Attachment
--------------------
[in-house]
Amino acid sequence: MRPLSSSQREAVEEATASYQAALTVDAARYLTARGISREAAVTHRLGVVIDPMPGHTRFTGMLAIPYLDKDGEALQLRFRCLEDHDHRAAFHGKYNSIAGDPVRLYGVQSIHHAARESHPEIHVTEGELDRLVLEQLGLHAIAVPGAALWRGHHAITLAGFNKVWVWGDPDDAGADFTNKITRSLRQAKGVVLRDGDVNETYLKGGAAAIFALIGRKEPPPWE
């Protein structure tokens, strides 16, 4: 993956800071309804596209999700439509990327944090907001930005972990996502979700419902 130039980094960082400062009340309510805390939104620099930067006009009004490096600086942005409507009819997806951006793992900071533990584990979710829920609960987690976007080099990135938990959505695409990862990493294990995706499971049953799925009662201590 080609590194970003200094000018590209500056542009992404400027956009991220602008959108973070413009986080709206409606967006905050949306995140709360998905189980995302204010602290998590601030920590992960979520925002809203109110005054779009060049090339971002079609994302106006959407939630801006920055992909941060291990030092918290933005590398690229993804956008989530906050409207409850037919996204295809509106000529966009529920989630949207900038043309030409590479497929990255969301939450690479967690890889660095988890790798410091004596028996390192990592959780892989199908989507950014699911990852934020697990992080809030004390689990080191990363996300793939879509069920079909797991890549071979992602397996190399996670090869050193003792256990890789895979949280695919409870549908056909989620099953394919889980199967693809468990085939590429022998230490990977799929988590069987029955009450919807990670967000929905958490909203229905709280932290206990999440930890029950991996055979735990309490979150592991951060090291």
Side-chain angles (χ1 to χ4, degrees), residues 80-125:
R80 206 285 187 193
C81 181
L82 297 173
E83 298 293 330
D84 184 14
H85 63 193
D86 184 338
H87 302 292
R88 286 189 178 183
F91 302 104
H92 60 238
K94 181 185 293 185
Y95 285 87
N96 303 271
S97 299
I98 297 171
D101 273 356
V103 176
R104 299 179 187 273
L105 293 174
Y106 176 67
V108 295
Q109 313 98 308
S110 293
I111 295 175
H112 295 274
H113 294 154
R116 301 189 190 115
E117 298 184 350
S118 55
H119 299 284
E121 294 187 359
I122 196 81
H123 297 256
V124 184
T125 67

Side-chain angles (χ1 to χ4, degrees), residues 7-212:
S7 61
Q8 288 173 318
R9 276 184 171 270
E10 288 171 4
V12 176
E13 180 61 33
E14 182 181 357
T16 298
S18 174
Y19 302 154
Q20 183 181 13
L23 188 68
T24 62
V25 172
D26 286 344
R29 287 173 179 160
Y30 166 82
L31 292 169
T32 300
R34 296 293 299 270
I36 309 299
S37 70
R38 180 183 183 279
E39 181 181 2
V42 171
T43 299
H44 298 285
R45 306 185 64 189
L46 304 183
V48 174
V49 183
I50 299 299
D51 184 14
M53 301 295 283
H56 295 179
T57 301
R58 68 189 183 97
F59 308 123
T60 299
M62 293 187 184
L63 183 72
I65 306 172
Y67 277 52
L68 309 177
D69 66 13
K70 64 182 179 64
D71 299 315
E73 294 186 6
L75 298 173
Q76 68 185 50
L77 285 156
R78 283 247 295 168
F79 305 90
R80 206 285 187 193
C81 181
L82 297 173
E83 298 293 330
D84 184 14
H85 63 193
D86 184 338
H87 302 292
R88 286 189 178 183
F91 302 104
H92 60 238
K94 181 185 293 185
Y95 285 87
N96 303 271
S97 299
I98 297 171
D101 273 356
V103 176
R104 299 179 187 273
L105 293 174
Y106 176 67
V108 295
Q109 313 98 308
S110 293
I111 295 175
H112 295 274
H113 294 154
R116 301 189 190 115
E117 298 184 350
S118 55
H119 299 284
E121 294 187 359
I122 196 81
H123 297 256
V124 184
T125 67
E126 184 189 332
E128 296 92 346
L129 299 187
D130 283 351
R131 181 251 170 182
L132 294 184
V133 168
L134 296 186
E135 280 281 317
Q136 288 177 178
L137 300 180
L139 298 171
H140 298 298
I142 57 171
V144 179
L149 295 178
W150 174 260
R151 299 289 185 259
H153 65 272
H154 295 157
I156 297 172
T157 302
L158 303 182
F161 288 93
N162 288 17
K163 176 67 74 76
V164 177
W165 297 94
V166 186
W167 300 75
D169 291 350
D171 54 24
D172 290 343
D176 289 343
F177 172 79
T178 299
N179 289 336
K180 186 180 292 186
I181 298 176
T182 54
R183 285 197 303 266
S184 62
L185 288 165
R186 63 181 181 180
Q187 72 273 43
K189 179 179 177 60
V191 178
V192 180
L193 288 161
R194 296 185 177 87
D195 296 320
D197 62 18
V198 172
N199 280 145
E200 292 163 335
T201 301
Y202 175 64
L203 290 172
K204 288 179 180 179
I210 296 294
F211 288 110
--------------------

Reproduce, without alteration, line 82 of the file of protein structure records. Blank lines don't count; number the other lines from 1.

L63 183 72